What Isn’t There

On one wall of my kitchen hangs a dry erase board. It’s terribly handy for keeping track of things or leaving notes for one another. My kids think it’s also great for drawing on.

This morning, Jessica was sitting on the counter drawing on my board. “Look, Mommy!” she said. “Look at the kitty I drew.”

I looked at the board and saw nothing but blue scribbles. I don’t mean that she had drawn poorly. I mean she had literally scribbled in wide swaths across the board.

“Uh…” I said.

“Look at the erased part,” Jessica said.

I tried again to see what she wanted me to see, and suddenly, I saw it. In the midst of the blue scribbles were some eraser marks, as if she had taken the corner of the eraser and used it like a marker to create (by erasing) a drawing in the midst of the scribbles. And sure enough, when I looked at the erased parts, the drawing of a kitty was clear.

“I see it!” I said excitedly, and Jessica smiled.

It’s understandable that I didn’t see the kitty right away. When you’re asked to look at something someone has drawn, you usually look at what is there rather than what isn’t.

The only problem is, sometimes what isn’t there is what you’re supposed to see.

We moms are experts at seeing what is there in front of us. The messy house, the misbehavior, the logistics of having to get all the kids ready to go somewhere—we see those, all right. But do we see what isn’t there?

Right now, as I write, my 8-month-old son Timmy is pulling up on my desk chair. That’s what is there. What isn’t there is his newborn cry, his blinking bewilderedly at a world he can barely see, or his wobbly attempts to push himself up when he’s lying flat on his stomach. Those things don’t happen anymore because he’s grown out of them.

But I haven’t. I still remember cuddling him against my chest when he was fresh and new, only seconds old. I miss some of the things that no longer happen, even though I rejoice that Timmy is growing as God meant him to.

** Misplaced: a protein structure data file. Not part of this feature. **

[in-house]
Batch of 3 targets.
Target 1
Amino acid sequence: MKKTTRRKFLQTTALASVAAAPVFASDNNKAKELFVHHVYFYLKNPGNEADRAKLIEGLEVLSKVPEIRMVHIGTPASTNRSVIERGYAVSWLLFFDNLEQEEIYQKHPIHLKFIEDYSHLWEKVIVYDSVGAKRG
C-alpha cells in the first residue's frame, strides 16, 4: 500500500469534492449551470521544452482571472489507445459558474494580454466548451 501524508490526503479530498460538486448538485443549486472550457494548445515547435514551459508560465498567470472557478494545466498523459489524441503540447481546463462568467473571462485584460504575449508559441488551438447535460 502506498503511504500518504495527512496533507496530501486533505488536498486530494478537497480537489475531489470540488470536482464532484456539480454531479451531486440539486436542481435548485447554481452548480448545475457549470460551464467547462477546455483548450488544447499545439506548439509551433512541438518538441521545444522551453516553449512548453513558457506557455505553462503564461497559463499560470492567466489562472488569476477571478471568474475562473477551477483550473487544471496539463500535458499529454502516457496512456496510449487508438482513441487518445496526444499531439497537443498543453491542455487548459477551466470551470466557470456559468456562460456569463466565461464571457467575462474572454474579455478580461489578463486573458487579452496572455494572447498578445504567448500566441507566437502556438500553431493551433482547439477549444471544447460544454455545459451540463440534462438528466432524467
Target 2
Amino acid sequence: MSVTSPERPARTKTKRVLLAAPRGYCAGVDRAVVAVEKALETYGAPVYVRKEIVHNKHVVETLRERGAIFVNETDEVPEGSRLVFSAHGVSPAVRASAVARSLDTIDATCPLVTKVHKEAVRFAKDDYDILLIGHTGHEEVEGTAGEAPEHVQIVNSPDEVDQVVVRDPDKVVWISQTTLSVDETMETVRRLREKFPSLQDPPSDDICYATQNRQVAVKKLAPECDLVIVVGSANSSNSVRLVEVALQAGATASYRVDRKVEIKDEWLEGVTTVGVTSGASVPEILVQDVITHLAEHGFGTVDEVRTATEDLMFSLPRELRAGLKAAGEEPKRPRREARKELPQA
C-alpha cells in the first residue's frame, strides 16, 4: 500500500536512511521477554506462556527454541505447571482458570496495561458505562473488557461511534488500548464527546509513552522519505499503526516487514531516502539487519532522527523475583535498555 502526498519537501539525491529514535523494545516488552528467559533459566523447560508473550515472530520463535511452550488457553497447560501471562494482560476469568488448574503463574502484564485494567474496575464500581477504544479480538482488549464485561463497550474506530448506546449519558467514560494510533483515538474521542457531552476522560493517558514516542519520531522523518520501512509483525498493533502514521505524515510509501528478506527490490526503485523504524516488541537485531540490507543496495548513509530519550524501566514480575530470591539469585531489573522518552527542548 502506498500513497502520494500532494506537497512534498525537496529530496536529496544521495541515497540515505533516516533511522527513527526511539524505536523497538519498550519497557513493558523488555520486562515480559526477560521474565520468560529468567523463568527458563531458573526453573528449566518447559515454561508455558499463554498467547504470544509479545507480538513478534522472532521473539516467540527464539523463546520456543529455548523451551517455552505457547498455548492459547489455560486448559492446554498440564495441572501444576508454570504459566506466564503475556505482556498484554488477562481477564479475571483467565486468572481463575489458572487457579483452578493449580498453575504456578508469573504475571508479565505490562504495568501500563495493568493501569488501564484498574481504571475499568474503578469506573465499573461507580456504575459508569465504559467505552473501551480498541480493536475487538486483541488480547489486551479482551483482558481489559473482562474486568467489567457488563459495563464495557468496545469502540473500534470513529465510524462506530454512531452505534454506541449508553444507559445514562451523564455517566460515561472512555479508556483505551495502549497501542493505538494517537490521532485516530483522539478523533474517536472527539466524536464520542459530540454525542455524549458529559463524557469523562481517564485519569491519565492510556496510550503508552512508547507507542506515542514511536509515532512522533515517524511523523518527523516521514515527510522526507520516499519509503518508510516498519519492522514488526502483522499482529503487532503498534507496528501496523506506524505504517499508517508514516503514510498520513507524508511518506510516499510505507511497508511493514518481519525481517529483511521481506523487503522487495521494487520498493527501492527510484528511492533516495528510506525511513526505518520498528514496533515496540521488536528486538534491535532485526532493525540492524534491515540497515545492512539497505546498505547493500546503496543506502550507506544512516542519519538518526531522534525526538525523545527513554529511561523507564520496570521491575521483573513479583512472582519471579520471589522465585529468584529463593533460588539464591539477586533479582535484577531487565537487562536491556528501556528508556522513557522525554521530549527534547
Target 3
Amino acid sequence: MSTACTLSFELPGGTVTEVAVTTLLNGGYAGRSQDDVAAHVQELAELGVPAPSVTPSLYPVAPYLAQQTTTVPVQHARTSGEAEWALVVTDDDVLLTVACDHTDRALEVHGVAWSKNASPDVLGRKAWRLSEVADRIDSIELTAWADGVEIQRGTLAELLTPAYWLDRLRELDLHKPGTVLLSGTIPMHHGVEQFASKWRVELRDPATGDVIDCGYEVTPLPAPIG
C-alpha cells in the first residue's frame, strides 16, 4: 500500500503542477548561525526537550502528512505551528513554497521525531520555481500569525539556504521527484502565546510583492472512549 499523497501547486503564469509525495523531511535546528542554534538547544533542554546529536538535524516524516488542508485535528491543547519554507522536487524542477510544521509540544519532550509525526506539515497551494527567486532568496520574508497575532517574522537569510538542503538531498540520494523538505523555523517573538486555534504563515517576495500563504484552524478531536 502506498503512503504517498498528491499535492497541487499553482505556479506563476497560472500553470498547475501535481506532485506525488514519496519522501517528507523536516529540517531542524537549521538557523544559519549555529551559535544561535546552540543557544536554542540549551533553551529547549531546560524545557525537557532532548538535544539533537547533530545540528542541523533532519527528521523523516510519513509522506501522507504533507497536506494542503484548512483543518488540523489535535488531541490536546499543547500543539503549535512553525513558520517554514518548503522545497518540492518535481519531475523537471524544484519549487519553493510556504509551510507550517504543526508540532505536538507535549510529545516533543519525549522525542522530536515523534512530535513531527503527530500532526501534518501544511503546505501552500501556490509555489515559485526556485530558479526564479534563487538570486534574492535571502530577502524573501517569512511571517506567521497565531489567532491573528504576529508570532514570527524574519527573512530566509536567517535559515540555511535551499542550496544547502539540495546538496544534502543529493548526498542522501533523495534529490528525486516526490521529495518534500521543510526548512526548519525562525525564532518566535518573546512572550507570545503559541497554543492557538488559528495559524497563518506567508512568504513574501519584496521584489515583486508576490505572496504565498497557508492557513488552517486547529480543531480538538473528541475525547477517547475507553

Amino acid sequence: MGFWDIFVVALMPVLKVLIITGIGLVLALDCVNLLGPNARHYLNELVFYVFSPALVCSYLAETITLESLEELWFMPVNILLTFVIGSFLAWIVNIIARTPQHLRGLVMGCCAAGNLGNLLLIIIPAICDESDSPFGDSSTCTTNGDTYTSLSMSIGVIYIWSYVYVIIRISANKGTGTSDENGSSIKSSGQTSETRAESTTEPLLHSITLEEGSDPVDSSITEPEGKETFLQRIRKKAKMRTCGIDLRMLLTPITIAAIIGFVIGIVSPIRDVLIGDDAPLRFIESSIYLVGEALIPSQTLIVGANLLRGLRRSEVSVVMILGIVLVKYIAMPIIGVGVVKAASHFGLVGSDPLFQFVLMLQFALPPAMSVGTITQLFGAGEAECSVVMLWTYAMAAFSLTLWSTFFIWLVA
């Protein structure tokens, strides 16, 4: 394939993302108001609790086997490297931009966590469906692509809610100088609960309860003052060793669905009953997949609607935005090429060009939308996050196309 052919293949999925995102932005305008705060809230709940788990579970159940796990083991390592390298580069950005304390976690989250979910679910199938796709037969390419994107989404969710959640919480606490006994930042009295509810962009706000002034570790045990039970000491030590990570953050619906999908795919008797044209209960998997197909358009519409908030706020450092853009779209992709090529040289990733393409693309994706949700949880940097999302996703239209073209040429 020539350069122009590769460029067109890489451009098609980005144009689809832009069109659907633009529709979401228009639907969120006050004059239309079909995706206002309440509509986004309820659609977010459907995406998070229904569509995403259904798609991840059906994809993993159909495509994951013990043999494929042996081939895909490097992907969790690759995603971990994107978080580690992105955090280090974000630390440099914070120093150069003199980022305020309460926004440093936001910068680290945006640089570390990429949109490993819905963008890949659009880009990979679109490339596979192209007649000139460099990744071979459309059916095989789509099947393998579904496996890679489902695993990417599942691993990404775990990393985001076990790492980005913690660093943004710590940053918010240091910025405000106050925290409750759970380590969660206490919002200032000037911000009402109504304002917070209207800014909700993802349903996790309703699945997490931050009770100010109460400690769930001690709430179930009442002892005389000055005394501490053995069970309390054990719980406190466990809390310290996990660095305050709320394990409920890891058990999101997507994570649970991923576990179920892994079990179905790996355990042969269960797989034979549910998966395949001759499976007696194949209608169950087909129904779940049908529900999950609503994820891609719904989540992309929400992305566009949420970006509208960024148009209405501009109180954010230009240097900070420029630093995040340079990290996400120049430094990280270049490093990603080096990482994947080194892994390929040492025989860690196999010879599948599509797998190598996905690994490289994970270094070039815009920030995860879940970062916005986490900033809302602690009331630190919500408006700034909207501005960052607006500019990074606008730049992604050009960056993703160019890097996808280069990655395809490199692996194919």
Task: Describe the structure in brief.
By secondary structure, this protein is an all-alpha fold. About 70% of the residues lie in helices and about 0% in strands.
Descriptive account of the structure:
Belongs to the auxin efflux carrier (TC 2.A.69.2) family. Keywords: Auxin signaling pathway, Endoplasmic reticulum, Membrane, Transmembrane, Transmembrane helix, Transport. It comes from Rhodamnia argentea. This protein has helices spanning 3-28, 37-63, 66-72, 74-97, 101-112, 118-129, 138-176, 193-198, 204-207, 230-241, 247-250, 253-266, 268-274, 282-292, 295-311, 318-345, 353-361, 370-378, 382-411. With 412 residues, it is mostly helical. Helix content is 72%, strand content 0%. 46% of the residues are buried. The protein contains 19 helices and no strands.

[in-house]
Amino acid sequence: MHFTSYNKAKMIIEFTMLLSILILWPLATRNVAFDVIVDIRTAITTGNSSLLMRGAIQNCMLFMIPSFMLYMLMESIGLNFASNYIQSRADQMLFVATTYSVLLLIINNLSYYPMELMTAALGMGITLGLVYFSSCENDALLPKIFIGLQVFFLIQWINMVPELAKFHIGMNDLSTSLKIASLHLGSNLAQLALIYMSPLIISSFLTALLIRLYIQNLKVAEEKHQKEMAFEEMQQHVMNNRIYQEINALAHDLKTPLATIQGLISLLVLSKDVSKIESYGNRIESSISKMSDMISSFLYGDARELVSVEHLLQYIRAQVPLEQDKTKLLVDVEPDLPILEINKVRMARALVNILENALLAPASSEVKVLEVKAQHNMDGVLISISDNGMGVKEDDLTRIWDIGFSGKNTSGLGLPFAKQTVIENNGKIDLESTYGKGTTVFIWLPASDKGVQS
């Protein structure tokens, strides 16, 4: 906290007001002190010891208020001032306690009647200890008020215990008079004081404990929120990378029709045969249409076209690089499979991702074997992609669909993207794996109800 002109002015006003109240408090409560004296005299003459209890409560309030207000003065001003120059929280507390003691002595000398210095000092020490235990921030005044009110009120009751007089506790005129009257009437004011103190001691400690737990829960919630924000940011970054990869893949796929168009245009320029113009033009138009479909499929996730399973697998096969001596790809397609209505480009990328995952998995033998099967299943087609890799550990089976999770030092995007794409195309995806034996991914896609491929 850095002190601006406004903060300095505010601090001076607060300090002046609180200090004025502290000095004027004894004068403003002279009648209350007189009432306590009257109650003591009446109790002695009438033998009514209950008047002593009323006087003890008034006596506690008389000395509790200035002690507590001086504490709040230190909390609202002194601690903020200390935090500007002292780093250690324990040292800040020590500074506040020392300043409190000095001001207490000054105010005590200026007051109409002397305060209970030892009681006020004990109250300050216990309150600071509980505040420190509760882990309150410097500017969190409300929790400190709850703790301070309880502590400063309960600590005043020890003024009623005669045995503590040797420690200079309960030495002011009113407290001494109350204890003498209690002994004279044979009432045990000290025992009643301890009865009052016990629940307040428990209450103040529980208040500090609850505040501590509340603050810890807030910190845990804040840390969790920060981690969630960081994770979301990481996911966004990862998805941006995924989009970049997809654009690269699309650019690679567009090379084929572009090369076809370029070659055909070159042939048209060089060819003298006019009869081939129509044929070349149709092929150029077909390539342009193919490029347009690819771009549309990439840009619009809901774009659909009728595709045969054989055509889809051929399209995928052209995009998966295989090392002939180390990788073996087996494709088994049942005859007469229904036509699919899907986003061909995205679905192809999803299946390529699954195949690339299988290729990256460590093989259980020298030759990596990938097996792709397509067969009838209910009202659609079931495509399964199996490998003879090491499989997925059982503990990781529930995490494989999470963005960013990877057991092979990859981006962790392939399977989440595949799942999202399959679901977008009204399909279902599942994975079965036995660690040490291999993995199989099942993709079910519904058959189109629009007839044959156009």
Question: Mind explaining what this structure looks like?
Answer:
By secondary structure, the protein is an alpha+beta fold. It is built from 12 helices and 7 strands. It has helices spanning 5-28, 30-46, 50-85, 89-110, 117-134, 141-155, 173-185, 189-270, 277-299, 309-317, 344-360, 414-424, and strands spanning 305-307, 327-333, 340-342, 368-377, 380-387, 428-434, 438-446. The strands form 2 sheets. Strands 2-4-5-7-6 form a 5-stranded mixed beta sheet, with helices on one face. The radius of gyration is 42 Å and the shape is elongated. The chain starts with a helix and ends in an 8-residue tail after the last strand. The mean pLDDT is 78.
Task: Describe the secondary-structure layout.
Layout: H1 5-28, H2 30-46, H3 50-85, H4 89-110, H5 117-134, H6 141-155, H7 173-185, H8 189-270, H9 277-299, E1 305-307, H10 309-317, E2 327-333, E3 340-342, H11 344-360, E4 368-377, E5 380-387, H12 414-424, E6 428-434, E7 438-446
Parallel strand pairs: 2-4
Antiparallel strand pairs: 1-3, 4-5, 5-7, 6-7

Other things that are no longer here, I don’t miss. For example, I still need to discipline my children when they’ve done something wrong (obviously). But the discipline issues have changed. This morning, I was frustrated about a particular issue with my oldest daughter, Ellie. This issue does indeed need to be dealt with, because it’s here. But what’s not here anymore is her tattling. She’s grown past that, thank God. She’s learned how to handle things in a more mature way.

The point is simply this: sometimes we need to see what’s not there as well as what is. Even though enjoying present moments is important, it’s also valuable to remember pleasant memories that have gone before. We can give God thanks and praise not only for what’s happening now, but for what’s been happening all along.

We also need to remember the negative things that were once here but no longer. It’s easy to focus on all the things we’re dealing with in the present, but it’s also helpful and encouraging to remember all the things we no longer have to deal with that once seemed like they would be endless. Yes, we’re still working on plenty of areas, but we’ve conquered even more.

Ultimately, the purpose of remembering—whether lovely things that resulted in precious memories, or not-so-lovely things that have ceased to happen—is to turn our eyes to God. You see, He is always at work, sometimes behind the scenes, sometimes out in front. Nothing stays the same forever, and someday, some of those pleasant moments you now enjoy will have moved on, to be replaced by something else. Likewise, the things you struggle with now will be only memories.

So, yes, live in the moment. Enjoy what’s going on, or deal with it, as the case may be. But don’t forget to see what isn’t there. Sometimes it’s just as important as what is.

John 5:17—Jesus said to them, “My Father is always at his work to this very day, and I, too, am working.”

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